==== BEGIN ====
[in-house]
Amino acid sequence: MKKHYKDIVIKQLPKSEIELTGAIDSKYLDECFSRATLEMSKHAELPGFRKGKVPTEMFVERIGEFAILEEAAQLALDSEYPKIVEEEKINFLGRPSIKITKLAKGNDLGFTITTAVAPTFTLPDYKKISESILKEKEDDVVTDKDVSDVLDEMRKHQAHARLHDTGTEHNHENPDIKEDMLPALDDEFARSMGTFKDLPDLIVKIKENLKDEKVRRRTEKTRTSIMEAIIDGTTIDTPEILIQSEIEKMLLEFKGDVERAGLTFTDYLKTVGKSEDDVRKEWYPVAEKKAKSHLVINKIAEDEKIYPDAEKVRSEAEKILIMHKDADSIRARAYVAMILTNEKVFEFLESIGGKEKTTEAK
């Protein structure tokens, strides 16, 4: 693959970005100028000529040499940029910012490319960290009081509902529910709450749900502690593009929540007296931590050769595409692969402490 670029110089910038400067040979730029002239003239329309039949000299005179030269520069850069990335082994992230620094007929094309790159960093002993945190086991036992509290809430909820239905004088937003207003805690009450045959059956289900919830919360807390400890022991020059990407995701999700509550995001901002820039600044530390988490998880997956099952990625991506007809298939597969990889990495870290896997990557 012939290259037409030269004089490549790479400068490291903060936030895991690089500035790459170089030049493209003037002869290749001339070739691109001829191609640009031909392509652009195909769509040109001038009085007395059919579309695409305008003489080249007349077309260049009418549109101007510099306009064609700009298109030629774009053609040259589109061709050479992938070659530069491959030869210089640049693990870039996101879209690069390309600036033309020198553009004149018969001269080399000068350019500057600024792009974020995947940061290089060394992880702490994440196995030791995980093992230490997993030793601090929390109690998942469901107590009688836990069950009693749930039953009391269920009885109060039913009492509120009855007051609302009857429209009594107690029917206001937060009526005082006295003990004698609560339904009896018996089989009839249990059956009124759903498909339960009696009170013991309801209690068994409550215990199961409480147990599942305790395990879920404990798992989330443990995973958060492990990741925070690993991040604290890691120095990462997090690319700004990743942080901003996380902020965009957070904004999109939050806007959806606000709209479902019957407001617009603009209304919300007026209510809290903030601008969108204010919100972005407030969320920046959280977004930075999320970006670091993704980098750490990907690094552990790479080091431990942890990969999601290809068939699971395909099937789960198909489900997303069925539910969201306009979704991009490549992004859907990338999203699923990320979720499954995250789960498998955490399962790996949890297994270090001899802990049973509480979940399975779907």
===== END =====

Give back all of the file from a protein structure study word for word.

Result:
[in-house]
Amino acid sequence: MKKHYKDIVIKQLPKSEIELTGAIDSKYLDECFSRATLEMSKHAELPGFRKGKVPTEMFVERIGEFAILEEAAQLALDSEYPKIVEEEKINFLGRPSIKITKLAKGNDLGFTITTAVAPTFTLPDYKKISESILKEKEDDVVTDKDVSDVLDEMRKHQAHARLHDTGTEHNHENPDIKEDMLPALDDEFARSMGTFKDLPDLIVKIKENLKDEKVRRRTEKTRTSIMEAIIDGTTIDTPEILIQSEIEKMLLEFKGDVERAGLTFTDYLKTVGKSEDDVRKEWYPVAEKKAKSHLVINKIAEDEKIYPDAEKVRSEAEKILIMHKDADSIRARAYVAMILTNEKVFEFLESIGGKEKTTEAK
């Protein structure tokens, strides 16, 4: 693959970005100028000529040499940029910012490319960290009081509902529910709450749900502690593009929540007296931590050769595409692969402490 670029110089910038400067040979730029002239003239329309039949000299005179030269520069850069990335082994992230620094007929094309790159960093002993945190086991036992509290809430909820239905004088937003207003805690009450045959059956289900919830919360807390400890022991020059990407995701999700509550995001901002820039600044530390988490998880997956099952990625991506007809298939597969990889990495870290896997990557 012939290259037409030269004089490549790479400068490291903060936030895991690089500035790459170089030049493209003037002869290749001339070739691109001829191609640009031909392509652009195909769509040109001038009085007395059919579309695409305008003489080249007349077309260049009418549109101007510099306009064609700009298109030629774009053609040259589109061709050479992938070659530069491959030869210089640049693990870039996101879209690069390309600036033309020198553009004149018969001269080399000068350019500057600024792009974020995947940061290089060394992880702490994440196995030791995980093992230490997993030793601090929390109690998942469901107590009688836990069950009693749930039953009391269920009885109060039913009492509120009855007051609302009857429209009594107690029917206001937060009526005082006295003990004698609560339904009896018996089989009839249990059956009124759903498909339960009696009170013991309801209690068994409550215990199961409480147990599942305790395990879920404990798992989330443990995973958060492990990741925070690993991040604290890691120095990462997090690319700004990743942080901003996380902020965009957070904004999109939050806007959806606000709209479902019957407001617009603009209304919300007026209510809290903030601008969108204010919100972005407030969320920046959280977004930075999320970006670091993704980098750490990907690094552990790479080091431990942890990969999601290809068939699971395909099937789960198909489900997303069925539910969201306009979704991009490549992004859907990338999203699923990320979720499954995250789960498998955490399962790996949890297994270090001899802990049973509480979940399975779907």